Teen gets 27 years in Mississippi killing
Victim's family called case a hate crime
A Mississippi teenager faces 27 years in prison after running over and killing a man walking along a rural highway in a case the victim's family called a hate crime.
Matthew Darby, 18, pleaded guilty earlier this week to manslaughter in the July 2012 death of 61-year-old Johnny Lee Butts. Companions put Darby at the wheel of the white Chevrolet that hit Butts from behind on a highway in Panola County, about 150 miles north of Jackson.
Butts was black. Two teens who were in the car the morning Butts was killed said they and Darby -- all white -- had been drinking vodka and smoking marijuana all night.
The Monte Carlo hit Butts with such force that the windshield collapsed into the car, bending the steering wheel back sharply. His leg was nearly severed, and his body was found more than 170 feet from where he was struck, according to court records. Investigators estimate the vehicle was traveling somewhere between 55 and 70 mph.
Butts' family told CNN they believed their father was killed because he was black and questioned why the murder charge against Darby didn't reflect that.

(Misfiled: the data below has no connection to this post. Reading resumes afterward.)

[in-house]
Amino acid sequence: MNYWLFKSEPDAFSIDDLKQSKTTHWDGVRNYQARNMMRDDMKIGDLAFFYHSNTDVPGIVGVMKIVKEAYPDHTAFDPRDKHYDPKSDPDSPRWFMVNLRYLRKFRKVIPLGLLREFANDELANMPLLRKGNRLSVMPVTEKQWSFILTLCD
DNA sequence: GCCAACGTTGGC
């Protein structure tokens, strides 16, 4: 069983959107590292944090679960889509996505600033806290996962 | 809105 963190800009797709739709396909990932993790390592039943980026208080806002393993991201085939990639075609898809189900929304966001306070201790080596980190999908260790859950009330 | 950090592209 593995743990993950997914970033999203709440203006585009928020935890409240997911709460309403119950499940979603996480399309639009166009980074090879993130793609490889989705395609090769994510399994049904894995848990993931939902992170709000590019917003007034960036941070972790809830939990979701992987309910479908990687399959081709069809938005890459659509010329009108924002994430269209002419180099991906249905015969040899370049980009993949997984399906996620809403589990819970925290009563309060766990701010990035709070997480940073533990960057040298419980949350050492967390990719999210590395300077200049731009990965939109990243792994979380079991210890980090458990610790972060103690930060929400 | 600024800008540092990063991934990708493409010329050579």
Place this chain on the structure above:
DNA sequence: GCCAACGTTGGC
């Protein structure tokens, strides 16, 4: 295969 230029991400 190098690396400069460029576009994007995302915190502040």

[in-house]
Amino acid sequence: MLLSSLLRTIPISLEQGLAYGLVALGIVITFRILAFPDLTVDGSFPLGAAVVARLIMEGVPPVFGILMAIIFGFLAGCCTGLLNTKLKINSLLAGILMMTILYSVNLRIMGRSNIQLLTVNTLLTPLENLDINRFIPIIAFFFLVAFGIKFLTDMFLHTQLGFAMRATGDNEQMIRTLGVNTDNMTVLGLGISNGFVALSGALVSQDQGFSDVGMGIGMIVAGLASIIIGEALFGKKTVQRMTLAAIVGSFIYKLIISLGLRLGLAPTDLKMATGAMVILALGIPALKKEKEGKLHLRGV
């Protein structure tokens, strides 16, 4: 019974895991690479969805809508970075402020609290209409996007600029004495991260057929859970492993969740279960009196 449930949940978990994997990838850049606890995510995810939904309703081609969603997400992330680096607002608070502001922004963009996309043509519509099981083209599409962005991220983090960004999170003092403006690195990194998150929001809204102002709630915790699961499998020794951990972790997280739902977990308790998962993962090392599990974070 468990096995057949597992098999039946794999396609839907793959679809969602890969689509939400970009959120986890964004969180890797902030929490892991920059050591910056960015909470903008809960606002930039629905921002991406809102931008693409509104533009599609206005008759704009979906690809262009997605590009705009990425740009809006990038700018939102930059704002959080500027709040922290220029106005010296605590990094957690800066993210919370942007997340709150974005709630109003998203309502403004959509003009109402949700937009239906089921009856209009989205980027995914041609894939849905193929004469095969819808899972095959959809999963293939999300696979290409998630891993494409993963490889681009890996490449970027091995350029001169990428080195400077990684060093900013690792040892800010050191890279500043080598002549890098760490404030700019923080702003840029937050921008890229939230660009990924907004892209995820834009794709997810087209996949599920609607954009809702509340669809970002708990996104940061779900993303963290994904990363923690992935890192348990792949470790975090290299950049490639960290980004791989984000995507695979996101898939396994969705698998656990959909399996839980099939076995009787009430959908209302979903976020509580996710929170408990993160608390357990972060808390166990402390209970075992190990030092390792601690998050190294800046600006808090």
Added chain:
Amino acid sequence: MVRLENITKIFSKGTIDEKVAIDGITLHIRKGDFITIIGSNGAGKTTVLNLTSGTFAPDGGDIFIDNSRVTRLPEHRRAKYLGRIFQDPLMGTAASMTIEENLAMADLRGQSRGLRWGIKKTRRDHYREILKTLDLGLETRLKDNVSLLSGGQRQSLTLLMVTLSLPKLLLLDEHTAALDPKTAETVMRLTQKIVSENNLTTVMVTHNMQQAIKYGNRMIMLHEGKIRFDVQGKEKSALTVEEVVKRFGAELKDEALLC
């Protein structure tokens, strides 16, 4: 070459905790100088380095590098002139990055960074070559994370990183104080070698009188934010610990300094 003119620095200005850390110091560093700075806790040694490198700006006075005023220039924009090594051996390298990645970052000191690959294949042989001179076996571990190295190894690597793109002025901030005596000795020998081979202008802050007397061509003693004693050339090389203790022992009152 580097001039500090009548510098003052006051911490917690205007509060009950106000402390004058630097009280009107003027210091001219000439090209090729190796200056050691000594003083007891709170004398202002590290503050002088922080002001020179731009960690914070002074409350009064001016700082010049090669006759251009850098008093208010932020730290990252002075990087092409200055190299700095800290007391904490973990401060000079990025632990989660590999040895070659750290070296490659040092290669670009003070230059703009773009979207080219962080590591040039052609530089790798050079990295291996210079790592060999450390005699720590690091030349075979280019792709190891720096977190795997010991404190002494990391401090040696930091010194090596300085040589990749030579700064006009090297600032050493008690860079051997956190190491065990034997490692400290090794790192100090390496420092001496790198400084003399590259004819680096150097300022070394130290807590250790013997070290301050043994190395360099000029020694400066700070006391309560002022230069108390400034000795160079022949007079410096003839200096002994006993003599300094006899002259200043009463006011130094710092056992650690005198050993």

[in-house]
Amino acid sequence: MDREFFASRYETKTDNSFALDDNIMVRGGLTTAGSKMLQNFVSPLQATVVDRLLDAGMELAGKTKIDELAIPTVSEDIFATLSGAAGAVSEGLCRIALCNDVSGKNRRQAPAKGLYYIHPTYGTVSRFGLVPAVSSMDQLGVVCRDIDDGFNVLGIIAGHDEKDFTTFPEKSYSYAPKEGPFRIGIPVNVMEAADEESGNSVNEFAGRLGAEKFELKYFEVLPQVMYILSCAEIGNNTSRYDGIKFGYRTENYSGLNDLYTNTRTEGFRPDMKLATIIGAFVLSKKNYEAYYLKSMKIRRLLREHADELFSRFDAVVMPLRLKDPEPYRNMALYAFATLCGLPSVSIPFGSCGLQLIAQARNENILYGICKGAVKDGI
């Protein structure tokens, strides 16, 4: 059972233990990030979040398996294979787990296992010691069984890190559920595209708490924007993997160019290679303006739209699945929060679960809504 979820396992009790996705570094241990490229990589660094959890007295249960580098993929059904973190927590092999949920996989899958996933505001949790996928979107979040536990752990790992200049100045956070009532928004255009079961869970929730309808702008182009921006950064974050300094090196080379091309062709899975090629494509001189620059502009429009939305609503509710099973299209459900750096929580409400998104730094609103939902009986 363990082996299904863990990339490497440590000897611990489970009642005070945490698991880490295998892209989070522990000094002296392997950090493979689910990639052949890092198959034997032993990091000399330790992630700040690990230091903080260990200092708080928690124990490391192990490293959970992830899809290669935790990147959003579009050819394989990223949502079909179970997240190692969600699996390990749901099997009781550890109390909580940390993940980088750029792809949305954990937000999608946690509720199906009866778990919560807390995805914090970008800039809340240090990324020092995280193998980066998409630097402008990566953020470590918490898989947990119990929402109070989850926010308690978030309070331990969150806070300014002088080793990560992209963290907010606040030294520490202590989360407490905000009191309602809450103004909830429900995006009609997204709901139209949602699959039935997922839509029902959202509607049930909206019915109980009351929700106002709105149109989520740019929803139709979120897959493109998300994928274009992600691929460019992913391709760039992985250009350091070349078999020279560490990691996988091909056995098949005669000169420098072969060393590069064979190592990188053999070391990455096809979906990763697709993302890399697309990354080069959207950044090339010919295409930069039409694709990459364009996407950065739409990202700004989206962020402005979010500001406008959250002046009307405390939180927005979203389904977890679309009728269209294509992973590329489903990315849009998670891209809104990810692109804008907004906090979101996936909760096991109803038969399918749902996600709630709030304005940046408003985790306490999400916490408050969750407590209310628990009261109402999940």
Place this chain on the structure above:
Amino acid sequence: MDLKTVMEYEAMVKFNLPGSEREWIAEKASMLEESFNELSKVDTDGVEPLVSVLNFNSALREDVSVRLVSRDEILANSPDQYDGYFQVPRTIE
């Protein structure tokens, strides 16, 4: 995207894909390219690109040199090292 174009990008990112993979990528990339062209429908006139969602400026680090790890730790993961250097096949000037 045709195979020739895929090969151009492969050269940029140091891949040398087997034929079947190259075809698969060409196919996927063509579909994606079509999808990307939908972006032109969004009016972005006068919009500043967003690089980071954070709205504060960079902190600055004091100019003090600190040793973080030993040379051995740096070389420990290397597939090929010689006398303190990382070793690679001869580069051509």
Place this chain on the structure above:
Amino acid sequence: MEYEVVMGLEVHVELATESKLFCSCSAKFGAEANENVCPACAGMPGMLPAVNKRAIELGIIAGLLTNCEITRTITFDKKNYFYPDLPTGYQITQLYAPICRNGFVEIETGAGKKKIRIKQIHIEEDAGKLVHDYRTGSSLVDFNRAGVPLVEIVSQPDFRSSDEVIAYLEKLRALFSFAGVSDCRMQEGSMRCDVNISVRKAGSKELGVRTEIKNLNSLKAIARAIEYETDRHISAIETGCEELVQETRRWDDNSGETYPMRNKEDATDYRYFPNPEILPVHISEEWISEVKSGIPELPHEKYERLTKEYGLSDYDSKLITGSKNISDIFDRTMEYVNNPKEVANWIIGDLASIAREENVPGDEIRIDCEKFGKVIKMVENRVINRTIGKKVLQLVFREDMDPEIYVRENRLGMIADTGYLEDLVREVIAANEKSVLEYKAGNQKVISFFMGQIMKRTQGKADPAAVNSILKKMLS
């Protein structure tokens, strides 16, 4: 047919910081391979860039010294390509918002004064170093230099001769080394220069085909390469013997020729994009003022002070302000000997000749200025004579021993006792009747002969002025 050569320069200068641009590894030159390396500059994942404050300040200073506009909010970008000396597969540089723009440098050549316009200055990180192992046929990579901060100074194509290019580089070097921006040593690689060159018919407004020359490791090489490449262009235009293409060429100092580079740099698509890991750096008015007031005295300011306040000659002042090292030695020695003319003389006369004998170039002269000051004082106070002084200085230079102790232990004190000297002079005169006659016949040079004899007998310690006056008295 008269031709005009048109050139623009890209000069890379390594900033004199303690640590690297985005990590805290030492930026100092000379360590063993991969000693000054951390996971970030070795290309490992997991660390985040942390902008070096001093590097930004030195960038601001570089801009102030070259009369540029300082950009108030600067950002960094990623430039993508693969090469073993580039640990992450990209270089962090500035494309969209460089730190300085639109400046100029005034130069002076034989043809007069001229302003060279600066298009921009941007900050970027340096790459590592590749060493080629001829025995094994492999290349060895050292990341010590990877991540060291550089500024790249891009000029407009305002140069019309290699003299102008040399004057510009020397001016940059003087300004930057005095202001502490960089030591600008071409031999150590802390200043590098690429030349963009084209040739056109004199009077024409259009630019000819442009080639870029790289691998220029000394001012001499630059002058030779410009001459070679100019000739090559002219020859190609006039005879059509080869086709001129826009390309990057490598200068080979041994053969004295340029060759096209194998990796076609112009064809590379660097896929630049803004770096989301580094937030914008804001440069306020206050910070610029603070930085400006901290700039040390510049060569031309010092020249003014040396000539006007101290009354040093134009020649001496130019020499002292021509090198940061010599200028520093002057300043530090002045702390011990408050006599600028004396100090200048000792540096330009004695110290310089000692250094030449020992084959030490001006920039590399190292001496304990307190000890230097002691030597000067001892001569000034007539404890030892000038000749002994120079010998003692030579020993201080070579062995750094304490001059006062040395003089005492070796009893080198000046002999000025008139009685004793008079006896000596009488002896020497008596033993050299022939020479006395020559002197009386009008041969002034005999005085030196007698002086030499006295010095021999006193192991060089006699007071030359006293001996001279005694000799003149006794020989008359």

Darby's lawyer, Tony Farese, told reporters earlier this week that the death was no hate crime, but "a tragic situation by young people who were intoxicated."
Butts' family met with Darby in jail for three hours last week, their lawyer, Wilbur Colom, said Thursday. Colom said the teen was extremely remorseful and asked for forgiveness but never admitted anything about a hate crime.
"In the end, we were not convinced it wasn't a hate crime," Colom said. "But in the end, we were also not convinced we would get anything more desirable than 27 years."
Darby also pleaded guilty to a separate burglary count in a deal with prosecutors that a judge approved on Monday. He was sentenced to 20 years on the manslaughter charge and an additional, consecutive seven years for burglary, the district attorney's office told CNN.
Copyright 2013 by CNN NewSource. All rights reserved. This material may not be published, broadcast, rewritten or redistributed.